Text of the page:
Boat Slip vs. Boat Dock: What is the Difference?

For those new to the boating or dock industry, the jargon used to describe equipment, actions, and locations can get confusing. Besides figuring out which is starboard and which is port, you also have to know what to call the place you store your boat. Is it a dock, a berth, a slip, a mooring, or all of the above?

Here, we clear up any confusion around the terms “dock” and “slip,” and provide some recommendations for choosing between these two ways to store your boat.

What is a Boat Dock?

A dock is a flat marine structure made of metal, plastic, wood, or concrete at which you park your boat. Boaters usually pull up parallel to the long side of a dock and tie their watercraft via lines to attached structures or hardware, such as dock cleats or pilings. When secured parallel to a dock, a boat is typically surrounded by water on three sides.

Docks can be floating, rolling, or stationary, depending on whether their owners want them to be temporary or permanent.

What is a Boat Slip?

The definition of this term varies depending on where (or who) you are in the United States, but a boat slip typically refers to a single “parking space” at a dock. Unlike an open dock, a slip is enclosed on three sides, so that when a boat “slips” in bow- or stern-first, only one end is left open to the water. The technical definition includes the volume of water displaced by a boat in a single dock space, but here, we’ll be referring more to the “parking space” comparison.

When properly moored at a slip, a boat should fit squarely between the two opposite side dock panels. Slips can sometimes feature boat lifts, or lined ramps that make it easy for a boat to slide in and out of the water, and for boaters to board or exit the boat.

Key Differences and Use Cases

Think of a slip as a part of a whole; not all docks have slips, but all slips are part of a larger dock structure. A dock system can feature slips in configurations that resemble letters; from the air, a dock with multiple slips can look like an F, L, T, E, or H.

Slips are common at marinas, where it’s necessary to keep multiple boats from bumping into each other as they bob in the water. Slips offer slightly more stability for boarding and disembarking a boat; alongside an open dock, there’s more risk of a boat rocking and destabilizing the person trying to move between the two.

Boat Slip vs. Boat Dock: Which Should You Choose?

Slips are not appropriate or necessary in all situations. Use the chart below to determine which criteria best fit your unique scenario.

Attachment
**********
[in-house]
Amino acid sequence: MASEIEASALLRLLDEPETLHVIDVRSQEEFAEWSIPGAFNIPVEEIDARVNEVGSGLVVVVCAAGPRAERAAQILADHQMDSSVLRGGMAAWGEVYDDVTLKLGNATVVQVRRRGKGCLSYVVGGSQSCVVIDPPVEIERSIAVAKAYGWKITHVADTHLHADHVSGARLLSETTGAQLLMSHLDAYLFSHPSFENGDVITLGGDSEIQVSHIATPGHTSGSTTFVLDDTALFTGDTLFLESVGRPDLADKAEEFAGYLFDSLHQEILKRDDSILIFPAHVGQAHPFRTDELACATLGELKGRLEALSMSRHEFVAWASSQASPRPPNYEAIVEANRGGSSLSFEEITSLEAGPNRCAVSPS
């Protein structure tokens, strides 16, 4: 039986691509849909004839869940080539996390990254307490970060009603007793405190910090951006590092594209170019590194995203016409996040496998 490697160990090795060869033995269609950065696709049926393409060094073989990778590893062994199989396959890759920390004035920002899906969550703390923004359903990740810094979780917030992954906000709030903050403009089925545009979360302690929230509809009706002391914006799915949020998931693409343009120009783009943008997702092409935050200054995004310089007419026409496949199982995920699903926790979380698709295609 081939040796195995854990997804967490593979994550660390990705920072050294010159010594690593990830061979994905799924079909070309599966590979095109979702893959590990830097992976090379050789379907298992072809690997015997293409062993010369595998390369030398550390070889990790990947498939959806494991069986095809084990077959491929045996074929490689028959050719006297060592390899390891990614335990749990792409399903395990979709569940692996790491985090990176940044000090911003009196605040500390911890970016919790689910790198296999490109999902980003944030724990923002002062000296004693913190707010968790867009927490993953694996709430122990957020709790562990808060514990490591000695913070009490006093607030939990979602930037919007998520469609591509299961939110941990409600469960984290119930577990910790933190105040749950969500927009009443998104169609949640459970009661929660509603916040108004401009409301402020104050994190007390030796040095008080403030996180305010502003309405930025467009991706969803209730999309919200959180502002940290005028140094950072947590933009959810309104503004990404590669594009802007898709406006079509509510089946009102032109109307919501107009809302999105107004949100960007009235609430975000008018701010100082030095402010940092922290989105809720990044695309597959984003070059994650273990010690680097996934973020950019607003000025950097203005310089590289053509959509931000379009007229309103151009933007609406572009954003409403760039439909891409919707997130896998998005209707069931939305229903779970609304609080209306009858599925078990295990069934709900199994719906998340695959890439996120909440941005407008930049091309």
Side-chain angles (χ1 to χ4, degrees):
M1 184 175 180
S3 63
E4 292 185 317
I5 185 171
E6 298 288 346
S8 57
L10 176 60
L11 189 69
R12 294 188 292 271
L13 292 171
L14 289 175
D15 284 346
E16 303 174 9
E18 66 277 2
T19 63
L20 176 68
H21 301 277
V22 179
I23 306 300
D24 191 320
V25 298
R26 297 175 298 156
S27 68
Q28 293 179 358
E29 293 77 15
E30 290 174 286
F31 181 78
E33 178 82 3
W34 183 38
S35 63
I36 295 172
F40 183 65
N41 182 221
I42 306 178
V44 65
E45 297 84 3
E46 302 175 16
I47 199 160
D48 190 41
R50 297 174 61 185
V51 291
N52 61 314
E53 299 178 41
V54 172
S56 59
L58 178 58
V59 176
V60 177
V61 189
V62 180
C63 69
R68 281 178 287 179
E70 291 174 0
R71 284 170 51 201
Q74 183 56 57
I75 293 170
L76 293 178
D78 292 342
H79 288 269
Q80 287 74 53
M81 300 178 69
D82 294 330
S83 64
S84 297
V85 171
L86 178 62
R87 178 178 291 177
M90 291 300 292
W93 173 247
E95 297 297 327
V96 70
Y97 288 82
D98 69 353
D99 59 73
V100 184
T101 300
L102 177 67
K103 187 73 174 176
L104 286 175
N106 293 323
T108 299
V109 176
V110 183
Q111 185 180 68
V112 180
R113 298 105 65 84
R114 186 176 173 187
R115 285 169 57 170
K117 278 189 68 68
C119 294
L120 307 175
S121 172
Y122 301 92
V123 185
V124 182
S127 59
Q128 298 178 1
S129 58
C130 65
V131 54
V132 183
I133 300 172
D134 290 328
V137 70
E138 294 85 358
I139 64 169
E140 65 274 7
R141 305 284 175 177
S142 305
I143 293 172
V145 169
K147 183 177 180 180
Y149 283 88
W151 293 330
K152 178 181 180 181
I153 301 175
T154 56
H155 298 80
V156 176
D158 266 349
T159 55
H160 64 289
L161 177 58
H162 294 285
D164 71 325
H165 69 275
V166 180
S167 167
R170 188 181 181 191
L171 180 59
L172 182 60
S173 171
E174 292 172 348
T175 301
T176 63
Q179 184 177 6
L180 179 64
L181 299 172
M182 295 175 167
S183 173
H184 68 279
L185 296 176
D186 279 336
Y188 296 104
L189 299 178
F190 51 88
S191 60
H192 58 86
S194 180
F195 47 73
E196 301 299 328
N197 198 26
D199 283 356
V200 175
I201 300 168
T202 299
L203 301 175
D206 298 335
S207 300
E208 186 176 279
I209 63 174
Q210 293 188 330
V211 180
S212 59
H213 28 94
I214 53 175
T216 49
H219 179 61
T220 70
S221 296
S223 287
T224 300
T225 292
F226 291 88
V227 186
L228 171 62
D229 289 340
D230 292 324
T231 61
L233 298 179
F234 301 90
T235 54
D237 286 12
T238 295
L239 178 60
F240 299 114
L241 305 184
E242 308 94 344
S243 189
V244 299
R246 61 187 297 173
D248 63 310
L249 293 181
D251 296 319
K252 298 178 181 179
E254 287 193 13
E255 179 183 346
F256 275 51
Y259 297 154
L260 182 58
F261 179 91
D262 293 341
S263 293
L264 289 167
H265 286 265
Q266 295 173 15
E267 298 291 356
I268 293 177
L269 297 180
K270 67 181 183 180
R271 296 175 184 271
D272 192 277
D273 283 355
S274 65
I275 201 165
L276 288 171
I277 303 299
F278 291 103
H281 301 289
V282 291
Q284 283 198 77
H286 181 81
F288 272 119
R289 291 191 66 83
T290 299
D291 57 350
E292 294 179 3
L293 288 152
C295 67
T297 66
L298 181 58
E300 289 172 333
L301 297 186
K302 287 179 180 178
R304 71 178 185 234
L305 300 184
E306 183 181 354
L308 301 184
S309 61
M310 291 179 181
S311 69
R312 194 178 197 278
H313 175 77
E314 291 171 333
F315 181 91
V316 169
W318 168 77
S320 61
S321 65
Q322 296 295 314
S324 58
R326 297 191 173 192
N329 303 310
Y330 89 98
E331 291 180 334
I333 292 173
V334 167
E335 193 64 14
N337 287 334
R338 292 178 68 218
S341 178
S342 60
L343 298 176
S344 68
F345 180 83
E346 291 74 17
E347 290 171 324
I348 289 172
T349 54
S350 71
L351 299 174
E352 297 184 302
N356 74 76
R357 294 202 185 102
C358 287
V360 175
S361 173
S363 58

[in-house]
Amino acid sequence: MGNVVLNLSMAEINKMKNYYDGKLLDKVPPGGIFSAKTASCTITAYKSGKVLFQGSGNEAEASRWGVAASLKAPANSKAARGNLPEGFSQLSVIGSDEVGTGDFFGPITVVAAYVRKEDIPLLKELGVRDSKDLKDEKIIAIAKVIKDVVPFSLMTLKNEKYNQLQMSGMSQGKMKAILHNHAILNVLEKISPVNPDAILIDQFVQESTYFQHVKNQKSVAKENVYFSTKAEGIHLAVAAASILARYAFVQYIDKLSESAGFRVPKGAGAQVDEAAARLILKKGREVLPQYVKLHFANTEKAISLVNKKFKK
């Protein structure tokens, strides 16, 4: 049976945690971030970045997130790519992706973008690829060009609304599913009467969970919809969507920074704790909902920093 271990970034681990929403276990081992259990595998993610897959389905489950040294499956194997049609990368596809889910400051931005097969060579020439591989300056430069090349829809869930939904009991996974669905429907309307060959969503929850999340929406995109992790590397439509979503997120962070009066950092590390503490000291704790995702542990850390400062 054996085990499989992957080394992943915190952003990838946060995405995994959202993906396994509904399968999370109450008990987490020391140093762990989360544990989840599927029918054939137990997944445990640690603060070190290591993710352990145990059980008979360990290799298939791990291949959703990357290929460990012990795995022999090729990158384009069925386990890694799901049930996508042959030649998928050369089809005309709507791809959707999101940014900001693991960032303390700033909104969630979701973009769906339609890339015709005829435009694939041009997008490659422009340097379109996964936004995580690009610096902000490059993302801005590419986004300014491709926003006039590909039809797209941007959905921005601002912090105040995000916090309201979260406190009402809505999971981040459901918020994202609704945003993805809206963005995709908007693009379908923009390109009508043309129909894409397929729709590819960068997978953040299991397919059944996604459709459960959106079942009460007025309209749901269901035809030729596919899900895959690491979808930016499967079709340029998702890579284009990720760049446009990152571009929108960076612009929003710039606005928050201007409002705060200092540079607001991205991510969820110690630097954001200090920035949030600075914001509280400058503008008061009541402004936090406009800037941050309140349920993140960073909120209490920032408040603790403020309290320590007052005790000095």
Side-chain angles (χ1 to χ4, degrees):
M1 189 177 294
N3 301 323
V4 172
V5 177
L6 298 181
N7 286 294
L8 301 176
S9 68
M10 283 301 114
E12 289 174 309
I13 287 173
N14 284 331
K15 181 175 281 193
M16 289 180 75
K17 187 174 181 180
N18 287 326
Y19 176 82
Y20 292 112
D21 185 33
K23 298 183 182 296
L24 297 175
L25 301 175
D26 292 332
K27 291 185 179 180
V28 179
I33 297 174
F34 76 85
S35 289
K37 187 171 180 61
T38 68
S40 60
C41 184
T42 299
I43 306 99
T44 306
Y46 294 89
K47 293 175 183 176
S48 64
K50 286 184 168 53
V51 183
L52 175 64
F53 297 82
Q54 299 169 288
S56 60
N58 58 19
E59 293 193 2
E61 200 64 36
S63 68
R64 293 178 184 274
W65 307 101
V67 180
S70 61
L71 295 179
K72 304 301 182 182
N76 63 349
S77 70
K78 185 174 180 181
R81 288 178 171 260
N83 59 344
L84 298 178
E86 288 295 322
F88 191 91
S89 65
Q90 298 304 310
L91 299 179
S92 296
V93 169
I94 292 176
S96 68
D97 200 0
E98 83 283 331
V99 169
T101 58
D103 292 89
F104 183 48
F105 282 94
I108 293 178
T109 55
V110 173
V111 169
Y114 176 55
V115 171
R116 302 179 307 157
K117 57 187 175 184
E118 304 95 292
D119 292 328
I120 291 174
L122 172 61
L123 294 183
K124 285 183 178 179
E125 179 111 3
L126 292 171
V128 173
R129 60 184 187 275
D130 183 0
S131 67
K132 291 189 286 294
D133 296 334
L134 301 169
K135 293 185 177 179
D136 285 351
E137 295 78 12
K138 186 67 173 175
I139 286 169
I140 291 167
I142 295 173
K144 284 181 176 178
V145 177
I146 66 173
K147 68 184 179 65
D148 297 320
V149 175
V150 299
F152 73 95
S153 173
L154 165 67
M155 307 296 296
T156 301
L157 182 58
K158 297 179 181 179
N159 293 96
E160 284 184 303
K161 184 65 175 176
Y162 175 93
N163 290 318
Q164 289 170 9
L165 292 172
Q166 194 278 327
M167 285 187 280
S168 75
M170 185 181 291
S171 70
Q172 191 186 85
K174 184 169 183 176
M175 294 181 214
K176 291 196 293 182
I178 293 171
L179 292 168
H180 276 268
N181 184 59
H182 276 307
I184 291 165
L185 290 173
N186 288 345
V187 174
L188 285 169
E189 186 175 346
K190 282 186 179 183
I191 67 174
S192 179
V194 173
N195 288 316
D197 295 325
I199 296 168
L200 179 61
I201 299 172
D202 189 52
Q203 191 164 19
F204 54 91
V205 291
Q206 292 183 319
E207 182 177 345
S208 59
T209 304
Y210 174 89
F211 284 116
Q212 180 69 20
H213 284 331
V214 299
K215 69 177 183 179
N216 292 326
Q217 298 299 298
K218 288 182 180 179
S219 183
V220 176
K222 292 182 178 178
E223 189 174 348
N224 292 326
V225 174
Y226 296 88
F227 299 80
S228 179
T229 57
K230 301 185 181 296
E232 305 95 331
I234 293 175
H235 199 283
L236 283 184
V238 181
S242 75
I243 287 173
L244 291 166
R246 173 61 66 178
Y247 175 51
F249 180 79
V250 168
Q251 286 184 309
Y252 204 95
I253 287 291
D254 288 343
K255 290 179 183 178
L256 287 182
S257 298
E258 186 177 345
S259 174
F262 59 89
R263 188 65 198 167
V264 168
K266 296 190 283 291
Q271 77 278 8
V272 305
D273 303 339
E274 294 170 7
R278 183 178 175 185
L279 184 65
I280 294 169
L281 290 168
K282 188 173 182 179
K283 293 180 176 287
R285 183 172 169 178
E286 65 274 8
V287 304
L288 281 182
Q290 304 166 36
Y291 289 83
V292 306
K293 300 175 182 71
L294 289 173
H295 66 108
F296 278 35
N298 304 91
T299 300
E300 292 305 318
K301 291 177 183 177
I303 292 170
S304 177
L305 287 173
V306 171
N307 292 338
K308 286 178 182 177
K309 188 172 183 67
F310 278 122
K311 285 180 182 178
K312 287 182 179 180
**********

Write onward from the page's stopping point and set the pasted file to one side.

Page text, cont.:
Boat Slip vs. Boat Dock

Slip Dock
Layout Two parallel panels joined by one perpendicular panel; Encloses a boat on three sides One straight panel; Three sides of boat remain exposed to open water; Can be part of a larger dock system
Characteristics Multiple mooring points; can feature a boat lift Straightforward construction; layout and hardware can be customized
Preferred by Marinas Private residences
Best suited for Heavily trafficked areas with multiple boats Those with limited space or smaller budget
Pros
  • Allow more watercraft to be docked near each other
  • Can prevent bumping against the edge of a dock or other boats
  • Can be covered to protect boat from sun or weather damage
  • Boarding and disembarking the craft can be more secure
  • Construction is easy, simple, and more flexible than slips
  • Provides a place for relaxing and recreational activities (swimming, diving, etc.)
  • Takes up less space than a slip
  • Less expensive than a slip
Cons
  • Can be complicated and expensive to construct
  • Don’t offer as much protection from bumps and waves

How to Select the Right Boat Slip

While you may think that your waterfront property could accommodate either a straight dock or a slip, it bears considering some important factors before making any purchases.

Ease of use: Will you be able to pull your boat safely in and out of a slip, without bumping against either side? Maneuvering a boat is a skill that can be learned, but it pays to be confident in your steering abilities before you invest in additional slip components. Make sure you understand how to control your approach momentum, or the speed at which you need to approach your dock or slip to avoid a crash.

Water depth: This goes for both straight docks and slips, but make sure the water is deep enough at the spot where you want to place your slip — especially at low tide in saltwater. If you are backing into a slip whose closed end is in shallower water, make sure your boat’s propeller has enough room to turn without hitting the ground. Keep a pole on board that marks the minimum water depth your boat can handle while staying afloat; when in doubt, touch the bottom with the pole and see if the water’s surface falls below the minimum depth mark. If it does, the water is not deep enough for your propeller.

Dock height: This isn’t as much of an issue with floating slips, but a stationary slip should not be much higher or lower than the edge of your boat. If it is, it will be difficult to board or disembark, no matter how secure your boat is.